State lawyers filed a motion Thursday, asking a state appeals court to allow Wisconsin’s collective bargaining law to remain in effect while it is being reviewed.
Dane County Circuit Judge Juan B. Colas suspended Act 10 on the grounds it violates both state and federal freedom of speech and freedom of association guarantees as well as the equal protection clause.
According to a statement released by Attorney General J.B. Van Hollen, the motion argues the decision by Colas is likely to be overturned on appeal. Additionally, it argues Act 10 needs to remain in effect while it is under review to avoid confusion surrounding local governments use of the laws.
“We believe Act 10 is constitutional, and we’ll ultimately prevail in defense of those parts declared unlawful,” Van Hollen said in the statement. “It’s important a stay is granted to avoid confusion while the appellate process moves forward.”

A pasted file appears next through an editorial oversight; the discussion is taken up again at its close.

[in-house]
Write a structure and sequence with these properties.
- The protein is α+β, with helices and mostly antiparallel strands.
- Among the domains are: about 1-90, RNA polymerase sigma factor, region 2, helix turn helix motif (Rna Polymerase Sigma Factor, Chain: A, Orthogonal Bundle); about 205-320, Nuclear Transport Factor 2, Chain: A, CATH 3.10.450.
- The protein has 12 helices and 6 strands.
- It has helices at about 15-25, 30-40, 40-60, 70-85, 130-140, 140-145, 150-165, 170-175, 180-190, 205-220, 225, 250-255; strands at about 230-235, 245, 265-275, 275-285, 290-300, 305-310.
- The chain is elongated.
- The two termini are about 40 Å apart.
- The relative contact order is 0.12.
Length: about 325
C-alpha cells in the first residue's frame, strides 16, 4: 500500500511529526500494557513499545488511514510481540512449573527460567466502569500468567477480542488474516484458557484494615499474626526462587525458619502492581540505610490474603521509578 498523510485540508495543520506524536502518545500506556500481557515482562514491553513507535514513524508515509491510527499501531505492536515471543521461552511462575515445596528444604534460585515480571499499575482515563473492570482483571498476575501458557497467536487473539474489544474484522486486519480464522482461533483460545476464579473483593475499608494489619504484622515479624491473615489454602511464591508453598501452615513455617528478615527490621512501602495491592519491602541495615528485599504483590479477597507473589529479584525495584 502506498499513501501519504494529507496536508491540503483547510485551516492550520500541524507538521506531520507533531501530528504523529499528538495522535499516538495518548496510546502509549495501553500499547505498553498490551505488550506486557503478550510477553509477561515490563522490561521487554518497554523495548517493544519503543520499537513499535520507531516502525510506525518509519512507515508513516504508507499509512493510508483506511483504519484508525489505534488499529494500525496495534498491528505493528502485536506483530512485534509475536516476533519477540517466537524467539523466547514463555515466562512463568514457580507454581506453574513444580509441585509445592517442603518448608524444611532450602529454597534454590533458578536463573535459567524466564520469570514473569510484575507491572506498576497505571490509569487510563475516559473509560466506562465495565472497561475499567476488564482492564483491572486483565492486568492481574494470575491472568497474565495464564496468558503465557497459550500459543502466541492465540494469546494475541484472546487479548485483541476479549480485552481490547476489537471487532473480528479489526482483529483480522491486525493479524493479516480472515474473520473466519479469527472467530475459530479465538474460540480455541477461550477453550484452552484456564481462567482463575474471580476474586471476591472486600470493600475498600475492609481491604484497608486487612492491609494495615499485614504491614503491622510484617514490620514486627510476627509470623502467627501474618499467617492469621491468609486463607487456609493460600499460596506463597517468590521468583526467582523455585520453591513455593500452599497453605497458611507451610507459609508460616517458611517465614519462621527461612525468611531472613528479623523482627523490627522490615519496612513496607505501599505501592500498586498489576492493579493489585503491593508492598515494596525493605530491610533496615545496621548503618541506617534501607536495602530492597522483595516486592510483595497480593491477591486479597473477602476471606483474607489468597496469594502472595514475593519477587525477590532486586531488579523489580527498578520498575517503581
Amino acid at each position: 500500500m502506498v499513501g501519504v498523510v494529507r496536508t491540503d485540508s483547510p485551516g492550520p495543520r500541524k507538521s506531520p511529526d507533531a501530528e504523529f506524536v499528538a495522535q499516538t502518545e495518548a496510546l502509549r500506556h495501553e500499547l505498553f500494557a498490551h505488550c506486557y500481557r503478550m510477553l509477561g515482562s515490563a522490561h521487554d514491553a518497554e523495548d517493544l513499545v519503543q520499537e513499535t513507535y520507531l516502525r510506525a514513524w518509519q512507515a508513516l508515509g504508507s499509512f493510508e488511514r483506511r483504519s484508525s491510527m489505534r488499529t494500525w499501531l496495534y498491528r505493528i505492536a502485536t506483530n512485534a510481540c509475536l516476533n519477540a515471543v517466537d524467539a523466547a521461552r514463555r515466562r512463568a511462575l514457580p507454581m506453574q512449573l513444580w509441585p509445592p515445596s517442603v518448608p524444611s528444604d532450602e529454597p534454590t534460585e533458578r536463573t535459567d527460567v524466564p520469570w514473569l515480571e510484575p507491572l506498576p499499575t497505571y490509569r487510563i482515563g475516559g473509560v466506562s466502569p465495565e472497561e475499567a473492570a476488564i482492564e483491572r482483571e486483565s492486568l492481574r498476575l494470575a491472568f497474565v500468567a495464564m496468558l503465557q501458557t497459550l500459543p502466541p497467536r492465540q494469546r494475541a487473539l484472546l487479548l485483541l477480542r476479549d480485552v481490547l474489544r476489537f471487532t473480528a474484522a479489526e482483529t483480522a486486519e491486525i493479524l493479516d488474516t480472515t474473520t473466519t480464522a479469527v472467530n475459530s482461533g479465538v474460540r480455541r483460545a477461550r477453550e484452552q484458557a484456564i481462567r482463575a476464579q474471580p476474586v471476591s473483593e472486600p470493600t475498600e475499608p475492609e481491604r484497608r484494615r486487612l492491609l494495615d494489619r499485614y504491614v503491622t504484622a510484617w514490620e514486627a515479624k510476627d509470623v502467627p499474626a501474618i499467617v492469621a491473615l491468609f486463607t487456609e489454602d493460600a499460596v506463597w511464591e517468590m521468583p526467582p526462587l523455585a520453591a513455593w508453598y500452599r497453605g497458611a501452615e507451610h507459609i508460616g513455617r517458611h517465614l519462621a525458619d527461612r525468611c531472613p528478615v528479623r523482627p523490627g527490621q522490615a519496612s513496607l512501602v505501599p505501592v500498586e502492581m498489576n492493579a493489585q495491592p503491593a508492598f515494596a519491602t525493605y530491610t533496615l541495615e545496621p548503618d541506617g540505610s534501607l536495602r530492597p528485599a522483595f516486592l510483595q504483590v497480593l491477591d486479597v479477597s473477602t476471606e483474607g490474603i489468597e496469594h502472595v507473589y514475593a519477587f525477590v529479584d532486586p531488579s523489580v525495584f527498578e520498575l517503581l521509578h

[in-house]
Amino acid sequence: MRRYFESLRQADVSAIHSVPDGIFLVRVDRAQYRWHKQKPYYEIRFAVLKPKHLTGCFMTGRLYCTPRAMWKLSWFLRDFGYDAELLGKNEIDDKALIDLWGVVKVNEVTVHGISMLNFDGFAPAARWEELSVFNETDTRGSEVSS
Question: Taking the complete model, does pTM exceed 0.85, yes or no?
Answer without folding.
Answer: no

Colas said the state has not shown a clear reason to keep Act 10 in effect while the court is reviewing it.
Jay Heck, executive director of Common Cause Wisconsin, said while the court’s decision in the outcome of this case is unpredictable at this time, it will be incredibly important for the State of Wisconsin.
Heck said if the court rules in Colas’ favor, many of the restrictions involving collective bargaining rights put into effect in 2011 would be lifted.
“This would certainly be a tremendous blow to Scott Walker as this is the centerpiece of his administration,” Heck said. “It would be a great victory for those who believe collective bargaining rights should be upheld.”
Van Hollen’s motion to ask Act 10 remain in effect while it is being reviewed is not surprising, Heck said. He said Van Hollen believes legislature has the power to pass restrictions regarding collective bargaining rights and wants Act 10 to be upheld.
Heck said there would be a lot of people who would feel justice was served if the court decided in Colas’ favor, but opinion is mixed at this time regarding the future of Act 10.